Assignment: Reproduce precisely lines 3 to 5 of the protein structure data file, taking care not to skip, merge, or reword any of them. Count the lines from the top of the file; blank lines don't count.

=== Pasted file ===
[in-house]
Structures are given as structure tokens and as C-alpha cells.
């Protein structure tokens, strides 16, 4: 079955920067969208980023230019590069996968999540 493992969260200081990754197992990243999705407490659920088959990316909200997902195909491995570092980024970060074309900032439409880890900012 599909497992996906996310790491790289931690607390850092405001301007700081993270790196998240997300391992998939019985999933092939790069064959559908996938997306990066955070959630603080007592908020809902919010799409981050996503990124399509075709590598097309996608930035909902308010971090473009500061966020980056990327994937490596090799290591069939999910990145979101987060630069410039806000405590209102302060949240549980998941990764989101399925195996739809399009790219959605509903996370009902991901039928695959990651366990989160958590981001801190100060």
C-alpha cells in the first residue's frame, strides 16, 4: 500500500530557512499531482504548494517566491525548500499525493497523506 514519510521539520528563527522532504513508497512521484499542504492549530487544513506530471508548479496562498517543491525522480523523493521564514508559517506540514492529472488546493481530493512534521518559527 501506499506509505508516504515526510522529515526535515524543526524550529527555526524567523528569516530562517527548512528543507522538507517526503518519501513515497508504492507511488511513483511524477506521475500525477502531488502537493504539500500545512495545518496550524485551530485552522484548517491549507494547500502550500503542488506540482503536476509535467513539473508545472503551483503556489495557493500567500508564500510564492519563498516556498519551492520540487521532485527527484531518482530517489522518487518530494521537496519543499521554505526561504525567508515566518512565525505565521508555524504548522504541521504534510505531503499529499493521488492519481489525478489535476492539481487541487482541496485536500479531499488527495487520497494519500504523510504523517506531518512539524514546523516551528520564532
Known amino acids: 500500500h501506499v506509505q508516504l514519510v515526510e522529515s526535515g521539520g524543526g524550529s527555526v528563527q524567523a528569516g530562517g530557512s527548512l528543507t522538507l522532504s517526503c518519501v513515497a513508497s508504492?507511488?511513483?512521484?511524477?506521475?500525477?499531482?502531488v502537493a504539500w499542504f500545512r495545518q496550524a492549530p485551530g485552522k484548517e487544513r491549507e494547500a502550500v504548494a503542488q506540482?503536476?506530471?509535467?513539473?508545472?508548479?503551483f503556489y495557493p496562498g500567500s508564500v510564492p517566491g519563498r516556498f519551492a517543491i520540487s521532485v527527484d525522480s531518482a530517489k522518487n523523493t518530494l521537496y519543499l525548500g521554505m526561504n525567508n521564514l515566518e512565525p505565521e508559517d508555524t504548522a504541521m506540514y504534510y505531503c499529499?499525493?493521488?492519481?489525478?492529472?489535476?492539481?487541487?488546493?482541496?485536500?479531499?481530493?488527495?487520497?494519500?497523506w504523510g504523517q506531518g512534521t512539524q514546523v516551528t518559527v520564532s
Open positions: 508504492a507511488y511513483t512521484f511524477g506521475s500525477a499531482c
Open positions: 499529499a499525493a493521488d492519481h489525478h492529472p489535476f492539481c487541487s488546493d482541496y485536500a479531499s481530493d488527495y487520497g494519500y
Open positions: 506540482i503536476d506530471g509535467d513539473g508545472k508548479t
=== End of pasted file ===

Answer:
């Protein structure tokens, strides 16, 4: 079955920067969208980023230019590069996968999540 493992969260200081990754197992990243999705407490659920088959990316909200997902195909491995570092980024970060074309900032439409880890900012 599909497992996906996310790491790289931690607390850092405001301007700081993270790196998240997300391992998939019985999933092939790069064959559908996938997306990066955070959630603080007592908020809902919010799409981050996503990124399509075709590598097309996608930035909902308010971090473009500061966020980056990327994937490596090799290591069939999910990145979101987060630069410039806000405590209102302060949240549980998941990764989101399925195996739809399009790219959605509903996370009902991901039928695959990651366990989160958590981001801190100060």
C-alpha cells in the first residue's frame, strides 16, 4: 500500500530557512499531482504548494517566491525548500499525493497523506 514519510521539520528563527522532504513508497512521484499542504492549530487544513506530471508548479496562498517543491525522480523523493521564514508559517506540514492529472488546493481530493512534521518559527 501506499506509505508516504515526510522529515526535515524543526524550529527555526524567523528569516530562517527548512528543507522538507517526503518519501513515497508504492507511488511513483511524477506521475500525477502531488502537493504539500500545512495545518496550524485551530485552522484548517491549507494547500502550500503542488506540482503536476509535467513539473508545472503551483503556489495557493500567500508564500510564492519563498516556498519551492520540487521532485527527484531518482530517489522518487518530494521537496519543499521554505526561504525567508515566518512565525505565521508555524504548522504541521504534510505531503499529499493521488492519481489525478489535476492539481487541487482541496485536500479531499488527495487520497494519500504523510504523517506531518512539524514546523516551528520564532
Known amino acids: 500500500h501506499v506509505q508516504l514519510v515526510e522529515s526535515g521539520g524543526g524550529s527555526v528563527q524567523a528569516g530562517g530557512s527548512l528543507t522538507l522532504s517526503c518519501v513515497a513508497s508504492?507511488?511513483?512521484?511524477?506521475?500525477?499531482?502531488v502537493a504539500w499542504f500545512r495545518q496550524a492549530p485551530g485552522k484548517e487544513r491549507e494547500a502550500v504548494a503542488q506540482?503536476?506530471?509535467?513539473?508545472?508548479?503551483f503556489y495557493p496562498g500567500s508564500v510564492p517566491g519563498r516556498f519551492a517543491i520540487s521532485v527527484d525522480s531518482a530517489k522518487n523523493t518530494l521537496y519543499l525548500g521554505m526561504n525567508n521564514l515566518e512565525p505565521e508559517d508555524t504548522a504541521m506540514y504534510y505531503c499529499?499525493?493521488?492519481?489525478?492529472?489535476?492539481?487541487?488546493?482541496?485536500?479531499?481530493?488527495?487520497?494519500?497523506w504523510g504523517q506531518g512534521t512539524q514546523v516551528t518559527v520564532s